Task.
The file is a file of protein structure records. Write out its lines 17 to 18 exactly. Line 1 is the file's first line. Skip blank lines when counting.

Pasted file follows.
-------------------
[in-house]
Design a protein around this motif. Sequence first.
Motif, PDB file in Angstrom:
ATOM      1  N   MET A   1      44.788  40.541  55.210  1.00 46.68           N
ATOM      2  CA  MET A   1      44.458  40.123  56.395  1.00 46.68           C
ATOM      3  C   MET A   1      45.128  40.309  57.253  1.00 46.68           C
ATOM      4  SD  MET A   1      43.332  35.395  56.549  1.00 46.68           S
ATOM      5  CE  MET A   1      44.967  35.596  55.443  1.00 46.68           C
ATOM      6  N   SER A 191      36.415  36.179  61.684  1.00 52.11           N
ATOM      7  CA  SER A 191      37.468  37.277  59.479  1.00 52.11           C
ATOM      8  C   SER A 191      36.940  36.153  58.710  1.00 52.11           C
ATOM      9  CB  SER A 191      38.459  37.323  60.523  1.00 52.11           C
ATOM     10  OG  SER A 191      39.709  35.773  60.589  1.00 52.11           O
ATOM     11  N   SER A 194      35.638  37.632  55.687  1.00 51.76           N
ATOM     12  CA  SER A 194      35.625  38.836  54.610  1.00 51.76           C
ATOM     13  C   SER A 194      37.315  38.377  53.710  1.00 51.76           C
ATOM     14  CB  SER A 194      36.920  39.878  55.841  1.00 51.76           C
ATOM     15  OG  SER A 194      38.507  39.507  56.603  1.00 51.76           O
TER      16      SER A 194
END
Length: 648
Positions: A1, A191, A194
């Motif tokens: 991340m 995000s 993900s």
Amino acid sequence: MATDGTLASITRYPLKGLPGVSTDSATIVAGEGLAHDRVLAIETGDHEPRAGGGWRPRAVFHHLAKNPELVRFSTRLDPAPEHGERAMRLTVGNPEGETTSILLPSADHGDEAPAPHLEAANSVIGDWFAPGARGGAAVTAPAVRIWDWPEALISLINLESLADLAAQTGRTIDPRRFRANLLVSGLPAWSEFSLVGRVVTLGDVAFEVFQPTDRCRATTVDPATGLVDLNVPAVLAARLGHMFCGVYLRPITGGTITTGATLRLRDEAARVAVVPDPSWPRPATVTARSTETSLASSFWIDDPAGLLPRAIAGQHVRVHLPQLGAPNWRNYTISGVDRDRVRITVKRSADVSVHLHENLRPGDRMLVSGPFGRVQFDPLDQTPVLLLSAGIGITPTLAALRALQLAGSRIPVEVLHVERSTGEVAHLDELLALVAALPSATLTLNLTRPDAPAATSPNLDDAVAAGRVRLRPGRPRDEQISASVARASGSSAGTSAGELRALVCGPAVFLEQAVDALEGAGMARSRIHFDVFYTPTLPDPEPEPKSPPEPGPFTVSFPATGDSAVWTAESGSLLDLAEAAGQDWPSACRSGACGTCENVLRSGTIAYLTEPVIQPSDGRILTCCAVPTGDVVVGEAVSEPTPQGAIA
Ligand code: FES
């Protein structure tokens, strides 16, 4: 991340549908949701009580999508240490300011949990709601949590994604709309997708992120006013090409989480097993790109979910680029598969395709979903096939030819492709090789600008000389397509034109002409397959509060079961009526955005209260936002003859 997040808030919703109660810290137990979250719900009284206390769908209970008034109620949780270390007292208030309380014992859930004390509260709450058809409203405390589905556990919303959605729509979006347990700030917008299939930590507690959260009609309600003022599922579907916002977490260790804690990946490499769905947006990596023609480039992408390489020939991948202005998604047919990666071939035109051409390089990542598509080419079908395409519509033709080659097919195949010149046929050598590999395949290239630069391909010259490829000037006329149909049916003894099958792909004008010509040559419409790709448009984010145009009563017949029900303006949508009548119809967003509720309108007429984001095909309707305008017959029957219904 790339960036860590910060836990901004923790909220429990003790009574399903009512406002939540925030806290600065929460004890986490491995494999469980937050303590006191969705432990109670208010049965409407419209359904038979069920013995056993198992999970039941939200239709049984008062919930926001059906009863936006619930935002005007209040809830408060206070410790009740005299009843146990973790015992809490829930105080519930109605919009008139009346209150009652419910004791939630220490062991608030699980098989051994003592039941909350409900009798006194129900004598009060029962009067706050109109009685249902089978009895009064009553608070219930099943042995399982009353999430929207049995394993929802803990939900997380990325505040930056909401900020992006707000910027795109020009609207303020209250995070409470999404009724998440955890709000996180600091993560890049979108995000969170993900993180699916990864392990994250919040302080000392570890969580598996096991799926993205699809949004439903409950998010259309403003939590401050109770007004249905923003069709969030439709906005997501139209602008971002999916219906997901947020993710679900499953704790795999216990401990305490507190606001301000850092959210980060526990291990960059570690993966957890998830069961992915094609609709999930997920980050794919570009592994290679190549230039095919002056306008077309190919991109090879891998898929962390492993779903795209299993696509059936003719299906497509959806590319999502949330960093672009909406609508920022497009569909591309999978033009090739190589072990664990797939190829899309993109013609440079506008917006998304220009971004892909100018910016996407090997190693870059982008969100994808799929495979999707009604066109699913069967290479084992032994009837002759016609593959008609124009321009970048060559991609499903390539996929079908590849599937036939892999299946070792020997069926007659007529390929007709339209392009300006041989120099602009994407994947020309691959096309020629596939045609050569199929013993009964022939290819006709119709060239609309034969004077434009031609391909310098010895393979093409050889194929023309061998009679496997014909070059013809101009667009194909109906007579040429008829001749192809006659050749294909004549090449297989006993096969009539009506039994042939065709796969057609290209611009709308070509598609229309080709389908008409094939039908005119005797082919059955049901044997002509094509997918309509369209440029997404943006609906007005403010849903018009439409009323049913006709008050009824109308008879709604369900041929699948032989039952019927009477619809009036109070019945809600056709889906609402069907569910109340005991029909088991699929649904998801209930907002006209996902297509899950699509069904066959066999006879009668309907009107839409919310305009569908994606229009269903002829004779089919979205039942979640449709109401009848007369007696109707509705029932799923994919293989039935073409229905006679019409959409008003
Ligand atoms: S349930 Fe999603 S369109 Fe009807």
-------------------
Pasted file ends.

ATOM     14  CB  SER A 194      36.920  39.878  55.841  1.00 51.76           C
ATOM     15  OG  SER A 194      38.507  39.507  56.603  1.00 51.76           O